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Nervone nerve nutrient, 1924-49. Object no. 1988-317/165 © Science Museum

The Nervone 'nerve nutrient' was launched in the 1920s as an alternative to harmful nerve tonics and was still being sold in the 1960s when it was replaced by new anti-anxiety and depression drugs such as Valium.

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Sherrington's cat model, c. 1920-30. Object No: 1999-917 © Science Museum

Nerve scientist and Nobel Prize winner Charles Sherrington was fascinated by the way cats kept their balance while negotiating obstacles at speed. This model was used to illustrate how the cat's eyes, whiskers, neck, legs and tail continued to work together even when the 'highest' portion of its brain had been removed.

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Electroconvulsive therapy machine made in the 1940s for the Burden Neurological Institute

The period that followed the Second World War saw the rise of several controversial treatments, including electro-convulsive therapy (where electricity is used to induce a brain seizure) and lobotomy.

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Equipment for conducting an electronic lobotomy, 1962

The machine was designed to deliver just enough current to a gold electrode to make a peppercorn sized hole in the brain. This technique, also known as leucotomy, was a more precise form of lobotomy. It was used from the early 1960s to treat patients with uncontrollable anxiety.

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EEG hairnet. Image courtesy Science Museum

Electroencephalography (EEG) remains an essential element of the psychology laboratory. It is frequently used in conjunction with brain scanning.

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Lecuir's battery, 1880-1920. Photo courtesy Science Museum, London

Batteries to stimulate nervous energy sometimes also featured religious symbols, because mental health needs all the help it can get, right?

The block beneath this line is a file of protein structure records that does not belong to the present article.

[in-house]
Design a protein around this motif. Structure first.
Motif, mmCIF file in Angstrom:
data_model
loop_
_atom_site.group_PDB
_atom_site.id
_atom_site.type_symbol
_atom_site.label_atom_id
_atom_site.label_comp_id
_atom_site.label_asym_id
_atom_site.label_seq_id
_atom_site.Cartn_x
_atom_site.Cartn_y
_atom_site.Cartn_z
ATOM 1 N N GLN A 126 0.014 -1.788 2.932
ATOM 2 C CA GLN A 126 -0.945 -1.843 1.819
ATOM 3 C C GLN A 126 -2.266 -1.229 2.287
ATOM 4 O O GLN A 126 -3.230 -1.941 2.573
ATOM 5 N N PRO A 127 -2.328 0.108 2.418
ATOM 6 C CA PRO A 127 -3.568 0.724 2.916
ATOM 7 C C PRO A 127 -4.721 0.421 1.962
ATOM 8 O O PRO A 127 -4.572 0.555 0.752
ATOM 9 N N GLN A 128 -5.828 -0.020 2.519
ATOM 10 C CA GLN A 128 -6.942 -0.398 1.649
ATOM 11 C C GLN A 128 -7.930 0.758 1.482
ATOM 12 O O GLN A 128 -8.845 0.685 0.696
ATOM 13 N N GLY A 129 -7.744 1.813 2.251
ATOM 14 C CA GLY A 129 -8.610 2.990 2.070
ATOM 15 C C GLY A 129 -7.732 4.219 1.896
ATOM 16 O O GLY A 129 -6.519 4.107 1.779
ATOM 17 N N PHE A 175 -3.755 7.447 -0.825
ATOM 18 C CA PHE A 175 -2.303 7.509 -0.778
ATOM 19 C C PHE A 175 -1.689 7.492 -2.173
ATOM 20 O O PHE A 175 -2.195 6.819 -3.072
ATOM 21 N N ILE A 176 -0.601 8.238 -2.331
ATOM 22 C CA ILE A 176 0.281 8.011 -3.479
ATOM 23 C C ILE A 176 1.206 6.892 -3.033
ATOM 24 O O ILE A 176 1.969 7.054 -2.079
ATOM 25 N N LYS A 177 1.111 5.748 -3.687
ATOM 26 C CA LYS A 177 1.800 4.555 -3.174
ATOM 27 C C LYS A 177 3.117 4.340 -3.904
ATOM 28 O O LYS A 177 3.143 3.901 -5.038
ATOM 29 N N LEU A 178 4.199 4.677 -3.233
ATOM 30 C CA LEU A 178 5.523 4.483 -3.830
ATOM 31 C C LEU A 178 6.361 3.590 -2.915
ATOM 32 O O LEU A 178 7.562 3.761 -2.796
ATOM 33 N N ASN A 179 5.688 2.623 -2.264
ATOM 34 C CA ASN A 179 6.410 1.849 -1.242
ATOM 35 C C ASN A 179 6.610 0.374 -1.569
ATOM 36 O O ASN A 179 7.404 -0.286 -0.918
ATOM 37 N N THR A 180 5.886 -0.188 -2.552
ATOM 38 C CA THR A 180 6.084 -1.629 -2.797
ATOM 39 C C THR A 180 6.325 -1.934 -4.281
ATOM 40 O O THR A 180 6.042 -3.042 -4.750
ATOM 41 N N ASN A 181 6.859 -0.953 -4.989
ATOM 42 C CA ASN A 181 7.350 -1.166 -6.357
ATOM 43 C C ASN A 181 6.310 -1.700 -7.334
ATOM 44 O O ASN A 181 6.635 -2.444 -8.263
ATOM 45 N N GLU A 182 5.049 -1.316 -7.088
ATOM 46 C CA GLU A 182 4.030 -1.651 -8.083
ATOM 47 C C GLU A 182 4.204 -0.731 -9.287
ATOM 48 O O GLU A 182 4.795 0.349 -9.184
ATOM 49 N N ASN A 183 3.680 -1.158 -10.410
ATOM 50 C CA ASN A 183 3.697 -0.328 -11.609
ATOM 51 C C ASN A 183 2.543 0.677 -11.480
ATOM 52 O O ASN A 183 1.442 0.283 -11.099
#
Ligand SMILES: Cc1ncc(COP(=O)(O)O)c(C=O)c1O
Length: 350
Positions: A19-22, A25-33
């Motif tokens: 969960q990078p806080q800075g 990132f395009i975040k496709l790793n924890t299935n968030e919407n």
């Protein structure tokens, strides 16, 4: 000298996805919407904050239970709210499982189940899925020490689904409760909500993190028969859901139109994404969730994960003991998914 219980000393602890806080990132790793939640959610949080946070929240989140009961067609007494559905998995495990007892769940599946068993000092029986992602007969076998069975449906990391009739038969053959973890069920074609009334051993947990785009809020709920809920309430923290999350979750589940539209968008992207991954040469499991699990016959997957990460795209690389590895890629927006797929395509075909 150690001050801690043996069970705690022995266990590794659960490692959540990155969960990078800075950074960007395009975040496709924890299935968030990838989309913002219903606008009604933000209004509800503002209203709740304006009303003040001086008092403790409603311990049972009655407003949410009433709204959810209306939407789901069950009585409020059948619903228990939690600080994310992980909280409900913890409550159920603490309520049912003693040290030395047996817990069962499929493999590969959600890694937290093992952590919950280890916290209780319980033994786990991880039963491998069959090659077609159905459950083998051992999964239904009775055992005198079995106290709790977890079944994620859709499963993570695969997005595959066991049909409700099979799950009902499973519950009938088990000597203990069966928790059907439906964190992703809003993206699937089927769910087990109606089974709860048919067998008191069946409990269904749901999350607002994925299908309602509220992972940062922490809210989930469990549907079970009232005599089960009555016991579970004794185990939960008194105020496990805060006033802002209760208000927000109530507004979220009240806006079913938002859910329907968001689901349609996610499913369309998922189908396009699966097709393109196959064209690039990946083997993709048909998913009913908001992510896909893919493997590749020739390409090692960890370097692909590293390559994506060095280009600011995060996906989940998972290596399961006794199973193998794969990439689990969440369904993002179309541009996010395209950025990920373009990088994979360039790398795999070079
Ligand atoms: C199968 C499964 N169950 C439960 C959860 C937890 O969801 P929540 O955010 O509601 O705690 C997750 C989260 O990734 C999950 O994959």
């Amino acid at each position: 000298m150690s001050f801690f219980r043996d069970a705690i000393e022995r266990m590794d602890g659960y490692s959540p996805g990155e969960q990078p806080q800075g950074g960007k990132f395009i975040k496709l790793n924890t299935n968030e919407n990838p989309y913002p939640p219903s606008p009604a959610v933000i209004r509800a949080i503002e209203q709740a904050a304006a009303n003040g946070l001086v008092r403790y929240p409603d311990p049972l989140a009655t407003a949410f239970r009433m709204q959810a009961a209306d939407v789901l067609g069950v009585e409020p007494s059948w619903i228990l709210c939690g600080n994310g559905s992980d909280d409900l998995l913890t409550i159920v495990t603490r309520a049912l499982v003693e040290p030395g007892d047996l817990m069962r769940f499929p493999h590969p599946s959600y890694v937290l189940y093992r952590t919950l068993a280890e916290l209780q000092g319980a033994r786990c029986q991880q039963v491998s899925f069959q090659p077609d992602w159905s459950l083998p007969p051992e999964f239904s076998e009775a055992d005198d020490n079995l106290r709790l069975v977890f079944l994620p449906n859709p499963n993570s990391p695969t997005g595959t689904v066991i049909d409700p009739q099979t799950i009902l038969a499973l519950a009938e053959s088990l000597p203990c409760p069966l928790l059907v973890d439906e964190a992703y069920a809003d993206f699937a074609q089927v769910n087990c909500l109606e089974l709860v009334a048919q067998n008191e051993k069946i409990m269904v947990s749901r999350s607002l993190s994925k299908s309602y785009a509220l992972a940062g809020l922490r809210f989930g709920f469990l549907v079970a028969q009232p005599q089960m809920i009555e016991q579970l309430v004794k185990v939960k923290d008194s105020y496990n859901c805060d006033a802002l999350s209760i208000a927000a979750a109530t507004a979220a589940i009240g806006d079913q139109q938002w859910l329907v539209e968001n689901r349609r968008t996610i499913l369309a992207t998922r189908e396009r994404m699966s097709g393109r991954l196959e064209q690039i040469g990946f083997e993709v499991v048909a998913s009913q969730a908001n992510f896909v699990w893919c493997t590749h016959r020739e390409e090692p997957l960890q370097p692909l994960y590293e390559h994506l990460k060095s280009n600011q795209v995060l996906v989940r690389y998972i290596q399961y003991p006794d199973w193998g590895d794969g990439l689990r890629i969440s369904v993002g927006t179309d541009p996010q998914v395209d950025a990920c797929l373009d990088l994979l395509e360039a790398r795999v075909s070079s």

Mind Maps: Stories from Psychology is free and runs at the Science Museum in London until 10 June.

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Adam Broomberg and Oliver Chanarin, The Brothers Non-Collaborative Portraiture, 2013

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First Person Plural. Audience Q&A chaired by Steven Bode with speakers; Adam Broomberg, Julian Stallabrass, Oliver Chanarin Lucy Kimbell and Nina Wakeford

A couple of weeks ago i spent the day at the Dana Center in London for First Person Plural: The cult of the photographer and the culture of social media, a symposium hosted by The Science Museum in collaboration with Film and Video Umbrella.

First Person Plural accompanied the final days of Only in England: Tony Ray-Jones and Martin Parr, the first exhibition of the Science Museum's brand new Media Space. The conference briefly paid homage to the legacy of Tony Ray-Jones, who chronicled the social rituals of the English in the 1960s, which he feared were at risk of disappearing with Americanisation.

In the increasingly globalised world of the early 21st century, are there equivalent expressions of cultural identity, or equally idiosyncratic social rituals and behaviours, that modern life seems to be passing by - and who are the contemporary artists and photographers who are recording them? Or, taking our cue from new technology, should we turn this question the other way round? In the age of the 'selfie' and social media, might it be the figure of the Photographer, as observer and recorder of social change, that is becoming passé, destined to be replaced by a new type of collective 'portrait' formed from the aggregation and analysis of big data?

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Tony Ray-Jones, Dog owner with is clipped poodle at Crufts dog show, London, 1968 © SSPL/Getty Images

The symposium looked at the impact that current technologies and social media have on the roles, image and identity of the photographer. Some of the highlights of the day included Natasha Caruana explaining how she met with married men in search of an extra-marital affair and documented fragments of their restaurant encounters using a disposable camera, writer and lecturer Julian Stallabrass reminding me how much i love Martin Parr's work (though i'm pretty sure that wasn't Stallabrass' objective) and a talk by Adam Broomberg and Oliver Chanarin whose work i've been following with enthusiasm since i discovered it At Strozzina in Florence a few years ago.

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Adam Broomberg and Oliver Chanarin at the First Person Plural symposium

My notes from the events are going to be limited to Broomberg & Chanarin's talk because they highlighted valid points about notions of authorship, about the perception that technology is 'neutral', but they also exposed how representation is complicit in events, not only documenting them but being actually involved in them.

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Jahangir Razmi, Firing Squad in Iran, Aug, 27, 1979